Westminster left reeling by Theresa May’s ruthless cull

All David Cameron’s close allies cast aside as new prime minister asserts authority

Britain's newly appointed Foreign Minister Boris Johnson says he is humbled and proud to be offered the job. Video: Reuters

 

Nobody doubted that Theresa May would move quickly to put her stamp on the government she inherited from David Cameron, but the scale and brutality of her cabinet reshuffle has left Westminster reeling.

Her cull of Cameron’s most senior lieutenants was especially impressive, sacking his two closest allies, George Osborne and Oliver Letwin, in short order.

Michael Gove, who destroyed his own reputation during his bungled, treacherous attempt to seize the Tory crown, was sacked too, removing all traces of the once-dominant Notting Hill set from cabinet.

There were other sackings and resignations too, but the evisceration of the smart metropolitans who formed the heart of Cameron’s coterie was the most striking break with the past.

May’s decision to put David Davis in charge of the Brexit negotiations and to give Liam Fox international trade place the responsibility for securing a bright future for Britain outside the EU firmly in the laps of the Brexiteers. And there is a nice irony in promoting her vanquished rival Andrea Leadsom to the cabinet, only to lumber her with the task of telling farmers how their EU subsidies will be replaced.

Backbench rebellion

The appointment of true blue Brexiteers to key positions will still any backbench rebellion from that quarter for some time. And the former Cameroons now consigned to the backbenches are too shell-shocked and divided among themselves to mount a serious challenge to her. By making Boris Johnson foreign secretary, May has ensured that the most dangerous pretender to her throne will be flying around the world rather than schmoozing in the tea room at Westminster.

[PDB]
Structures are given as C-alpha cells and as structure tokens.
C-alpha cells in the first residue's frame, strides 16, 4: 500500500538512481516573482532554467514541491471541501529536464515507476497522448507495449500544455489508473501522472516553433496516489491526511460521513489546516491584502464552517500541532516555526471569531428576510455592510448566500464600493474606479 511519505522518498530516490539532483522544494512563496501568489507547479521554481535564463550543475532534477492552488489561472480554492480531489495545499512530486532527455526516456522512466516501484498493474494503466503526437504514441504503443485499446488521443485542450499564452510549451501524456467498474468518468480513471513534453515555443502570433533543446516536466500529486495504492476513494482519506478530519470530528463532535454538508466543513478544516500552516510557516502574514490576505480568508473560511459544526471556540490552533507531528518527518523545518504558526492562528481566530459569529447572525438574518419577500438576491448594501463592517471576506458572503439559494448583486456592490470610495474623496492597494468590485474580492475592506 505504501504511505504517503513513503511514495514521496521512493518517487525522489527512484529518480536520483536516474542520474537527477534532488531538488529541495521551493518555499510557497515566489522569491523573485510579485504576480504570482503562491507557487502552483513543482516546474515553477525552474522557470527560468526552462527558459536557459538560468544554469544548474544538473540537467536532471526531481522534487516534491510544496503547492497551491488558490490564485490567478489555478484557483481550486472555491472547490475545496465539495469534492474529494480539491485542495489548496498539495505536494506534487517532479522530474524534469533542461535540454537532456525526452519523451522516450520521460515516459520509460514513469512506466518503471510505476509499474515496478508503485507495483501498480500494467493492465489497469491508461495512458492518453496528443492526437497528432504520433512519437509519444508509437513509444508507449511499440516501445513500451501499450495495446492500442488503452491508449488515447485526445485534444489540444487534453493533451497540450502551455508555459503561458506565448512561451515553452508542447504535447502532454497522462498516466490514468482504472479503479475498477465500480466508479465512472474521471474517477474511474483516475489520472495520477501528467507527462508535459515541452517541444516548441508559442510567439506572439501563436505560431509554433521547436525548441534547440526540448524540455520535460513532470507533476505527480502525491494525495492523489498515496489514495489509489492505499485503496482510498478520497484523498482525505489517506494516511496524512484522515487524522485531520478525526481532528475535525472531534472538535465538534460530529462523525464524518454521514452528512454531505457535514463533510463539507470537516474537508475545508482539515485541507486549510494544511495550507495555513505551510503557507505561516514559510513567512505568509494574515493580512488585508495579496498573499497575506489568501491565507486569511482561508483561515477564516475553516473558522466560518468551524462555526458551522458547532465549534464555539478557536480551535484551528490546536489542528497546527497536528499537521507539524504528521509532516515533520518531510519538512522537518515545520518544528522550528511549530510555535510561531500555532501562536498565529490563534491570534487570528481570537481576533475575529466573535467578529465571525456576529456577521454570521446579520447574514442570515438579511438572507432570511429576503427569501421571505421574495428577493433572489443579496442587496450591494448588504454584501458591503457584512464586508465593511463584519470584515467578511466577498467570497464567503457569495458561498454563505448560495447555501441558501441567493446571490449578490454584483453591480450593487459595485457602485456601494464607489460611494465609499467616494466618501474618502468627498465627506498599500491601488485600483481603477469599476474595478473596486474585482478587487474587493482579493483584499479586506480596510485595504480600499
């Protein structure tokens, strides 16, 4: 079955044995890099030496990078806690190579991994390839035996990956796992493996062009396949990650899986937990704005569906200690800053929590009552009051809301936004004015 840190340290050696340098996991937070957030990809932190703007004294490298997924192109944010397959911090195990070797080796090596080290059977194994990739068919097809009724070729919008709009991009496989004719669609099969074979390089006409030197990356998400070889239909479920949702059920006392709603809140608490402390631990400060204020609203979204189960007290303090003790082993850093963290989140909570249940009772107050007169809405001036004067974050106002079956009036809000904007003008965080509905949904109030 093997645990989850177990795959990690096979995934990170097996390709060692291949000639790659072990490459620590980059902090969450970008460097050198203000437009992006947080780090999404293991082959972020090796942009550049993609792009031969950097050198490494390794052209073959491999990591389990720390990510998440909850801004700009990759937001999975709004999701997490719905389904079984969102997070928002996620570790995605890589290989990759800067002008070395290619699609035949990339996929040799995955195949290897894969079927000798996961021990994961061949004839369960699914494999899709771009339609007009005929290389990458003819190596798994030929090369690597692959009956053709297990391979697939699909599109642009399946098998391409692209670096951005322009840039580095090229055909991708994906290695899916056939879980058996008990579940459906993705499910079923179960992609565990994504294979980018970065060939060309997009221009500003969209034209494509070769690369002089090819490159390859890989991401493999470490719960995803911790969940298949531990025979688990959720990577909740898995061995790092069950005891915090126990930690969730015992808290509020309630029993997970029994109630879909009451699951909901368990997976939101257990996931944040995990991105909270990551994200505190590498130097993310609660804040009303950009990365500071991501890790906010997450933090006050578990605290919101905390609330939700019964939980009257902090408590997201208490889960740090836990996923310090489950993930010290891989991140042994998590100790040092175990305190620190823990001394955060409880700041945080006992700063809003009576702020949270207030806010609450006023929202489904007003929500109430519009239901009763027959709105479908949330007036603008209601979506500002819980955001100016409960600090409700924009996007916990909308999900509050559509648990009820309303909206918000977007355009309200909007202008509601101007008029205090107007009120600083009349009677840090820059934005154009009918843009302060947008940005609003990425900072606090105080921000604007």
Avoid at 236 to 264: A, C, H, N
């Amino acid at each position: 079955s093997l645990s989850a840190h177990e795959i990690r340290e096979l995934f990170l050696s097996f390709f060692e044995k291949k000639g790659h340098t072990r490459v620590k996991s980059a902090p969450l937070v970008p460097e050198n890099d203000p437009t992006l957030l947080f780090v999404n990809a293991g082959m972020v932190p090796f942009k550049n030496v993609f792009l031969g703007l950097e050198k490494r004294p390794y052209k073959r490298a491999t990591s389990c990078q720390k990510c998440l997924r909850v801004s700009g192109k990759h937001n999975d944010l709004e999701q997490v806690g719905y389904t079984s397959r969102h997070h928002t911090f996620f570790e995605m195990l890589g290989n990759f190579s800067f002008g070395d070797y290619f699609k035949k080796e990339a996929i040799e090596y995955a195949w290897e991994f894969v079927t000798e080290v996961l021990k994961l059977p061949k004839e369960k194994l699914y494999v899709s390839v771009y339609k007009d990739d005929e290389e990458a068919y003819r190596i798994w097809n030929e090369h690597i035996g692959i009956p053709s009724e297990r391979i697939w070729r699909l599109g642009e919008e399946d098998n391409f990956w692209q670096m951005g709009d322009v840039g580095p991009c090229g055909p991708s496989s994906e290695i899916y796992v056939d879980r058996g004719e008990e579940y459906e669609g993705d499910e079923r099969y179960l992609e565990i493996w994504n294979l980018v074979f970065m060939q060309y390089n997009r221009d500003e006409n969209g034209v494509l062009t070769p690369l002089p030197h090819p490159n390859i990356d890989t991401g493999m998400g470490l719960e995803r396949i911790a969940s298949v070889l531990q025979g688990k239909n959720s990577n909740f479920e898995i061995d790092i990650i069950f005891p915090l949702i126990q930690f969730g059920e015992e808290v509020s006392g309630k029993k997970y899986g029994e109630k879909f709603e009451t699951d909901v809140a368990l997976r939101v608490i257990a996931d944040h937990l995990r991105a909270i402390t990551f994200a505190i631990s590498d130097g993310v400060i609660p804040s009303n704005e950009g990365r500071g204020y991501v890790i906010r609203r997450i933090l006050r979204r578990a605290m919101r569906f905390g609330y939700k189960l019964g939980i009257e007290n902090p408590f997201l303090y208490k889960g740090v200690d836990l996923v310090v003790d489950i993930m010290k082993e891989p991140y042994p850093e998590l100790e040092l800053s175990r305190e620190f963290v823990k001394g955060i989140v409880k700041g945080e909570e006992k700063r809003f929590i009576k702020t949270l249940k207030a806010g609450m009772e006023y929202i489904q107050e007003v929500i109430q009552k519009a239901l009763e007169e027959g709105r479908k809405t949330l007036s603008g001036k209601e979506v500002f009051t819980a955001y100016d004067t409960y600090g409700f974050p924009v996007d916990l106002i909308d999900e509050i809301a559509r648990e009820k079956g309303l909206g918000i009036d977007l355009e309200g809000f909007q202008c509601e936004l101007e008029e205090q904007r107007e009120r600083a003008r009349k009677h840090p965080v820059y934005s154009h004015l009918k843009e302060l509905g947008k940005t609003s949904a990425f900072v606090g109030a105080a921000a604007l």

May’s reshuffle marks a clean break from the liberalism of the Cameron years and her chancellor, Philip Hammond, made clear yesterday that there is a new economic policy. Osborne’s deficit targets have been abandoned, and with them the necessity for the austerity that has left Britain so divided.

When May said outside 10 Downing Street on Wednesday that many at Westminster did not understand how difficult life is for people struggling with insecure employment and poor public services, she was addressing voters who backed Brexit.

She has made clear that she believes in an interventionist role for the state and that her policies will not be guided by the liberal economic principles of recent years.

Gilded predecessor

If May can persuade some of those who backed Brexit as a protest vote that her government is more in touch than that of her gilded predecessor, she could take some pressure off the EU negotiations.

In her initial calls to Angela Merkel and François Hollande, May said she needed time to prepare for formal article 50 exit talks but she made clear that Britain is definitely leaving the EU.

She can leave the preliminary stages to the twin apostles of Brexit, Davis and Fox. In the end, however, major EU negotiations are conducted between EU leaders rather than their subordinates and the responsibility for finding the best terms for Britain’s departure will ultimately return to May herself.

Securing a good deal from other EU countries is part of that but so too is cultivating a political atmosphere in Britain where a compromise in the national interest can win popular support.

The new prime minister has made a bold start, but as the Bank of England made clear on Thursday, there are rough economic waters ahead.

And if May is unable to keep her promises of combating economic injustice, limiting immigration and getting a good deal from the EU, some of the bloody corpses she has left around Westminster could yet start twitching.

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